I feel so lucky when I read a book that truly strikes a chord with me. Books have the ability to move me and motivate me to continue to live life the way that I do. The Great Disruption: Why the Climate Crisis Will Bring on the End of Shopping and the Birth of a New World by Paul Gilding is one of these books.
When my life began changing due to what I was eating, I never imagined how my views of the planet would change as well. I always recycled and hated litter but other than that I was never passionate about environmental issues. What I soon discovered after becoming vegan, however, was that the earth plays a huge part in the process of our lives, perhaps the biggest part, because where would we be without the planet?
Most of us understand the ways in which we humans have been causing destruction to the earth, yet many of us don’t know the extent of the damage or what we can do to stop it. As Gilding states in The Great Disruption, “there are limits to the earth’s ability to cope with our abuse…we can be proactive and begin making changes today or we can wait until we are forced to make changes – those are our only options.”
Format I Read: Audiobook
The Great Disruption is one of the first environmental books that I have listened to or read. With that said, I was expecting to hear about all of the ways the earth is slowly perishing, which the book does provide. To my surprise, however, the main crux of book is its theory that environmental problems are the result of the world’s addiction to economic growth. Gilding states that the original purposes of economic growth were to encourage and assist individuals out of poverty. However, this origin has been forgotten by many and today economic growth is almost like a drug for many, using and abusing the earth’s resources at unsustainable rates to maintain growth.
Gilding had predicted the 2008 recession well before it happened and as you may have guessed, many were skeptical of his prediction. Gilding is an environmentalist and after realizing that he did not connect to people much when he simply laid out environmental issues, he discovered that when he could relate these issues to money or the economy people became more interested. This is one of the reasons why The Great Disruption is so intriguing.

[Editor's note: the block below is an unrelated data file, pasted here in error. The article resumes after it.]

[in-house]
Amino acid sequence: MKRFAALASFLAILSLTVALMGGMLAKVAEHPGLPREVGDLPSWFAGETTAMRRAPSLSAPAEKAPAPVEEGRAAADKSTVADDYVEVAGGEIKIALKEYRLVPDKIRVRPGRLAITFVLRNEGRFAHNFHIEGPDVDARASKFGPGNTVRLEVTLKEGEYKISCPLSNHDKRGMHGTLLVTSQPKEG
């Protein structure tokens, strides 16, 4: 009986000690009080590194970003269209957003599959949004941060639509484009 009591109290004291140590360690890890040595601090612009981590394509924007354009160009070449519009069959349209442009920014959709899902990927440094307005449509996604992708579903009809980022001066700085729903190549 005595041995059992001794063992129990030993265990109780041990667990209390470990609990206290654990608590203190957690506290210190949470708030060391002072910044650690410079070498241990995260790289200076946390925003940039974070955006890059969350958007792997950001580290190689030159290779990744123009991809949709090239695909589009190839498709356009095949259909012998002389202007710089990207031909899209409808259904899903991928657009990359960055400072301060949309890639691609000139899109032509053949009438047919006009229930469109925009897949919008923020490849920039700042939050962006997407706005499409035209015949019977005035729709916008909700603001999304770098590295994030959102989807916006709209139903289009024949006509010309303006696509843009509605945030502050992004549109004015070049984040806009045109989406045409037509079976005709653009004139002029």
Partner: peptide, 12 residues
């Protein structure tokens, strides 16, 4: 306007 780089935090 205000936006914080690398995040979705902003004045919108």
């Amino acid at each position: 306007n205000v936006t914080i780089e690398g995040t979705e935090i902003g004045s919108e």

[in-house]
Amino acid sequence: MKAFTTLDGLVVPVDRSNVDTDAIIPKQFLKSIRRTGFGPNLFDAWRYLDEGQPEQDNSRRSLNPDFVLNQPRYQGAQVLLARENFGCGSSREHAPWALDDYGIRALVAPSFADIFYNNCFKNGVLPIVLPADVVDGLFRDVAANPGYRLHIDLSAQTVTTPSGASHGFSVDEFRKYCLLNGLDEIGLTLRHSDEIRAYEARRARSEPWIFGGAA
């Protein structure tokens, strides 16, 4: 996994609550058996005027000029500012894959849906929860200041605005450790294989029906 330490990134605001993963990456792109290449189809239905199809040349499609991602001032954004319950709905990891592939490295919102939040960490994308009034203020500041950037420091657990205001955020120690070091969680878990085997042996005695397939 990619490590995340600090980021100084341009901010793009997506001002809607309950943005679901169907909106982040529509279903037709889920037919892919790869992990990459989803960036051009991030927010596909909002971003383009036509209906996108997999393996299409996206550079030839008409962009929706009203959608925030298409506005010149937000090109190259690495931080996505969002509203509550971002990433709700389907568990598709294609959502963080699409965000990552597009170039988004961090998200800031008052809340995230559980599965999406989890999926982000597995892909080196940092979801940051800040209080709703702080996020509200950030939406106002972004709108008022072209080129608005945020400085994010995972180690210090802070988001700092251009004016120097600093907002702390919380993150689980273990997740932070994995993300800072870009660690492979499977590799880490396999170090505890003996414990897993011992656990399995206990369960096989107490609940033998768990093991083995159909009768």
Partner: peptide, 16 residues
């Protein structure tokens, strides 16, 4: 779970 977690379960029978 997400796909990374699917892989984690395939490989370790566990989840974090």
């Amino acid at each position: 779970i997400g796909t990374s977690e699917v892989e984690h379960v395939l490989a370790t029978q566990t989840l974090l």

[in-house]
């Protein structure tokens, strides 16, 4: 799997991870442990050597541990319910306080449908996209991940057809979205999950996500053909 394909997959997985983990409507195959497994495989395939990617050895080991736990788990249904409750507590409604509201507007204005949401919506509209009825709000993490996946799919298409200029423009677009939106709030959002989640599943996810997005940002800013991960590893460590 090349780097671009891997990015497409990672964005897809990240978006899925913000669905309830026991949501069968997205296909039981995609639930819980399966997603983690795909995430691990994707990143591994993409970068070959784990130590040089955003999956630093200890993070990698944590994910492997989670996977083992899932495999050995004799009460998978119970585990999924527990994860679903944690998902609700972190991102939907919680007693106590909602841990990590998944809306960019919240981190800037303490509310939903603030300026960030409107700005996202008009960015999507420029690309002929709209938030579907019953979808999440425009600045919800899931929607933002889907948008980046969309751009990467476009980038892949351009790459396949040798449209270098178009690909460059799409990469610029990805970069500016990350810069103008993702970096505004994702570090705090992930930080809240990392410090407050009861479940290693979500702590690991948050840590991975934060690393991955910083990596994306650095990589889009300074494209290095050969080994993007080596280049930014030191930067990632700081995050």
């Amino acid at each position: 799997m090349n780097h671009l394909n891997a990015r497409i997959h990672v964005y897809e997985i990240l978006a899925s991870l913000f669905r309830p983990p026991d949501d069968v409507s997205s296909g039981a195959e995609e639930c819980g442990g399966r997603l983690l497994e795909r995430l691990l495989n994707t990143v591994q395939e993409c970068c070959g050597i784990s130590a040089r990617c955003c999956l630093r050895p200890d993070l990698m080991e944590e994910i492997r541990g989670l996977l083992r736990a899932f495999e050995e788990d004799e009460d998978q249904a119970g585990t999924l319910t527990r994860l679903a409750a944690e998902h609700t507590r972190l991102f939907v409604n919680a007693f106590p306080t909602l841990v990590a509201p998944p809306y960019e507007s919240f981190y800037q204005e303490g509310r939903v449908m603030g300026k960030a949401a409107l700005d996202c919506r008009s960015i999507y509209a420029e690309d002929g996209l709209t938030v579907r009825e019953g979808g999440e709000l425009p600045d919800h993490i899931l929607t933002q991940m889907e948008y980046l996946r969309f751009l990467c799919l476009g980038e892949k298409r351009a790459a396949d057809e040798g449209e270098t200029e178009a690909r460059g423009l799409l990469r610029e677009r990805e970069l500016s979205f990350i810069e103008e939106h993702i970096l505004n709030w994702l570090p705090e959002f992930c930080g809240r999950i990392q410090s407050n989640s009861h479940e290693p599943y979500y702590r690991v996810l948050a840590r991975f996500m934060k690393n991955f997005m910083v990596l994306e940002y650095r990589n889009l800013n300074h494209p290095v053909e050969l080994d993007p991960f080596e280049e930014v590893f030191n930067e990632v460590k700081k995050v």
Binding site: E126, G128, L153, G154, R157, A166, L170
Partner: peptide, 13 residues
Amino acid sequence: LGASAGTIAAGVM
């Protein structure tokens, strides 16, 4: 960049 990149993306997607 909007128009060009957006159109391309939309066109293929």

The book goes into great detail on how in order to save the planet our entire market and economical system will need to be completely revamped. Money and growth will no longer be the goals of businesses. Sustainability and preservation of our resources will be the new models of business. Gilding makes powerful arguments that our need to react will be the same as the need we feel when called to war or a natural disaster. He also remains notably hopeful and optimistic that the world will rise to the occasion and do what needs to be done in order to save the planet and ultimately civilization.
The Not So Good
My only warning regarding this book is that if you are already a skeptic on environmental issues, you will likely find Gilding’s arguments extreme or unbelievable.
The book is written from a scientific perspective, which my mind does not always comprehend well. If you are the same way, some of the information may go over your head a bit like it did mine, however you still understand the book’s purpose. Gilding also sites a ton of studies and references which make it hard to keep track of. If you have an academic mind you will likely enjoy this book very much.
I strongly agree with Gilding’s conclusion that it is inevitable that humankind will need to make great changes in order to preserve our planet and our livelihoods. Certain animal species have already gone extinct or close to extinction because of human actions to the earth. We can’t expect to be invincible to the damage we are creating.
If you agree with this conclusion in even the smallest of degrees I would highly recommend you read The Great Disruption. It will provide you with a multitude of evidence and resources that will confirm that we can no longer sit back and wait for others to solve these environmental problems. We must be a part of the solution.